The Black Atlantic II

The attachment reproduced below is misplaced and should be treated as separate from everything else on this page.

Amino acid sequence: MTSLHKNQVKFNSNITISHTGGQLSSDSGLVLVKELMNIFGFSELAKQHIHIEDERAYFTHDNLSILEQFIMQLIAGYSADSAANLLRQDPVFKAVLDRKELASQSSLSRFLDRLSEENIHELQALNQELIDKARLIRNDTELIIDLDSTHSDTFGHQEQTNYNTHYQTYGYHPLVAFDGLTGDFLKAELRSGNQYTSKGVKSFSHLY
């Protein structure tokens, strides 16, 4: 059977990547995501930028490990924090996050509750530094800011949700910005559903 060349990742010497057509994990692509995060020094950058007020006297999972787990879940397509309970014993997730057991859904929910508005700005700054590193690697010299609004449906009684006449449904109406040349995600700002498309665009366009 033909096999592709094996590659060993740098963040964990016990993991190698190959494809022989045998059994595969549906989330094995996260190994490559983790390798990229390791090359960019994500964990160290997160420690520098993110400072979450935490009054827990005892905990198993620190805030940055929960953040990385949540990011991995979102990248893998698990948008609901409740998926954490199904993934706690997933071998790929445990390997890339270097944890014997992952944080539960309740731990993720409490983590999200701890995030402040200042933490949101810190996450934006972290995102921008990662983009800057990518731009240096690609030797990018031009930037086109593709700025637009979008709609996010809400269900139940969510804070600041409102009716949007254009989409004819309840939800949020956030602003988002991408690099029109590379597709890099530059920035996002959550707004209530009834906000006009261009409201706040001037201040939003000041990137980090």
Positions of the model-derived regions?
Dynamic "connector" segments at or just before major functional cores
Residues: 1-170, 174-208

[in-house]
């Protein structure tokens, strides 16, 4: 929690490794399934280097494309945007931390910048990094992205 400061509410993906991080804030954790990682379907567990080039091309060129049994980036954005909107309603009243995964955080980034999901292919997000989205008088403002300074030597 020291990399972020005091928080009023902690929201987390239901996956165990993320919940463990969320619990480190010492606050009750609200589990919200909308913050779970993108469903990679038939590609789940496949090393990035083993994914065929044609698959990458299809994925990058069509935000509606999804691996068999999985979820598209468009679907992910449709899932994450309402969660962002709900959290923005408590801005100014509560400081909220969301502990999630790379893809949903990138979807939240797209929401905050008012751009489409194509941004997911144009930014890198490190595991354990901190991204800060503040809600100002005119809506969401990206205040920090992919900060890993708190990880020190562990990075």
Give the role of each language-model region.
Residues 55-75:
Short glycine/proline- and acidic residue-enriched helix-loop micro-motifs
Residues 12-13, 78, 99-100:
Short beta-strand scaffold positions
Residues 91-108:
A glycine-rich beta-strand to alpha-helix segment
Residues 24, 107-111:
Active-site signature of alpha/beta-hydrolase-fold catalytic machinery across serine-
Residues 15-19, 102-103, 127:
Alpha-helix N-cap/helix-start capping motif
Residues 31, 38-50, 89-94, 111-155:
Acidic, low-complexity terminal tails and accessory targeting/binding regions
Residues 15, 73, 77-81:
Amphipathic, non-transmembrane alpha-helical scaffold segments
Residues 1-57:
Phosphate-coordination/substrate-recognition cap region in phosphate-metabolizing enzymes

This chapter explains how the vernacular culture of the African diaspora represented a counterculture of modernity, paying particular attention to the formal characteristics and lyrical content of black music. It draws on the black vernacular tradition so strongly, and because Paul Gilroy identifies it as a text that demonstrates his argument about the memory of slavery. Gilroy's ideas about the politics of black music were worked up in The Black Atlantic. He argues that black vernacular culture was not subject to modernity's division of knowledge into separate spheres, where the artist, the scientist and the philosopher work in areas so specialized they cannot communicate their insights to each other. He identifies an 'ethics of antiphony', the way that antiphony enhances the sense of participating in a community, and how it symbolizes 'new, non-dominating social relationships'. A twentieth-century religious movement originating in Jamaica, Rastafarianism's adherents abide by specific codes of behaviour, dress and diet, such as the wearing of dreadlocks.